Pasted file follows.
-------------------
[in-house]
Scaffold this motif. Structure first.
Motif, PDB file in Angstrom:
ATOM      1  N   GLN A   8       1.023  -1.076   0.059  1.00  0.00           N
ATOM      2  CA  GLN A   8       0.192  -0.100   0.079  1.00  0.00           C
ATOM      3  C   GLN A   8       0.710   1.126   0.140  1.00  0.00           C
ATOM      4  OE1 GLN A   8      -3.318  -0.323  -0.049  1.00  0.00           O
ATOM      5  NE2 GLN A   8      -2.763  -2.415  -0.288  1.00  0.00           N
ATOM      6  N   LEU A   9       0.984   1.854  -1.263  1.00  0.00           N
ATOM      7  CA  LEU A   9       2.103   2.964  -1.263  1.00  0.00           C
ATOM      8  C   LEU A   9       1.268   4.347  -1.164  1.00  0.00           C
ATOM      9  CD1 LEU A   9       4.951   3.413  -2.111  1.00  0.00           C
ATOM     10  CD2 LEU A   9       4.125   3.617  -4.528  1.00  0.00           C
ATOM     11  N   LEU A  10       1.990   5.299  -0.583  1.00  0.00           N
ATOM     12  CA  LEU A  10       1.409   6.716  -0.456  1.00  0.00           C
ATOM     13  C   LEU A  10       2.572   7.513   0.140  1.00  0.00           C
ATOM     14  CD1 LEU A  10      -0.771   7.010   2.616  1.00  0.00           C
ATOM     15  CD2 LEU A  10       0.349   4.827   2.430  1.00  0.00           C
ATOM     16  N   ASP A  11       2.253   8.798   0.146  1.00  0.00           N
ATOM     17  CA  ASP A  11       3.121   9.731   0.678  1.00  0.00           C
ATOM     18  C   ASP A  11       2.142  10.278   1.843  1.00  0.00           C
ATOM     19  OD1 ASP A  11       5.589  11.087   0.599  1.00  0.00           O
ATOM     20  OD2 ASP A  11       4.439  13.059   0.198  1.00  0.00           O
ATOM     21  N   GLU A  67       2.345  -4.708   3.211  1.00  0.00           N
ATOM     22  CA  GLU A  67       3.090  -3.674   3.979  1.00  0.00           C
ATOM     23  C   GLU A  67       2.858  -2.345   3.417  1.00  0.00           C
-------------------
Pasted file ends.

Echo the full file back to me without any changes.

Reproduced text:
[in-house]
Scaffold this motif. Structure first.
Motif, PDB file in Angstrom:
ATOM      1  N   GLN A   8       1.023  -1.076   0.059  1.00  0.00           N
ATOM      2  CA  GLN A   8       0.192  -0.100   0.079  1.00  0.00           C
ATOM      3  C   GLN A   8       0.710   1.126   0.140  1.00  0.00           C
ATOM      4  OE1 GLN A   8      -3.318  -0.323  -0.049  1.00  0.00           O
ATOM      5  NE2 GLN A   8      -2.763  -2.415  -0.288  1.00  0.00           N
ATOM      6  N   LEU A   9       0.984   1.854  -1.263  1.00  0.00           N
ATOM      7  CA  LEU A   9       2.103   2.964  -1.263  1.00  0.00           C
ATOM      8  C   LEU A   9       1.268   4.347  -1.164  1.00  0.00           C
ATOM      9  CD1 LEU A   9       4.951   3.413  -2.111  1.00  0.00           C
ATOM     10  CD2 LEU A   9       4.125   3.617  -4.528  1.00  0.00           C
ATOM     11  N   LEU A  10       1.990   5.299  -0.583  1.00  0.00           N
ATOM     12  CA  LEU A  10       1.409   6.716  -0.456  1.00  0.00           C
ATOM     13  C   LEU A  10       2.572   7.513   0.140  1.00  0.00           C
ATOM     14  CD1 LEU A  10      -0.771   7.010   2.616  1.00  0.00           C
ATOM     15  CD2 LEU A  10       0.349   4.827   2.430  1.00  0.00           C
ATOM     16  N   ASP A  11       2.253   8.798   0.146  1.00  0.00           N
ATOM     17  CA  ASP A  11       3.121   9.731   0.678  1.00  0.00           C
ATOM     18  C   ASP A  11       2.142  10.278   1.843  1.00  0.00           C
ATOM     19  OD1 ASP A  11       5.589  11.087   0.599  1.00  0.00           O
ATOM     20  OD2 ASP A  11       4.439  13.059   0.198  1.00  0.00           O
ATOM     21  N   GLU A  67       2.345  -4.708   3.211  1.00  0.00           N
ATOM     22  CA  GLU A  67       3.090  -3.674   3.979  1.00  0.00           C
ATOM     23  C   GLU A  67       2.858  -2.345   3.417  1.00  0.00           C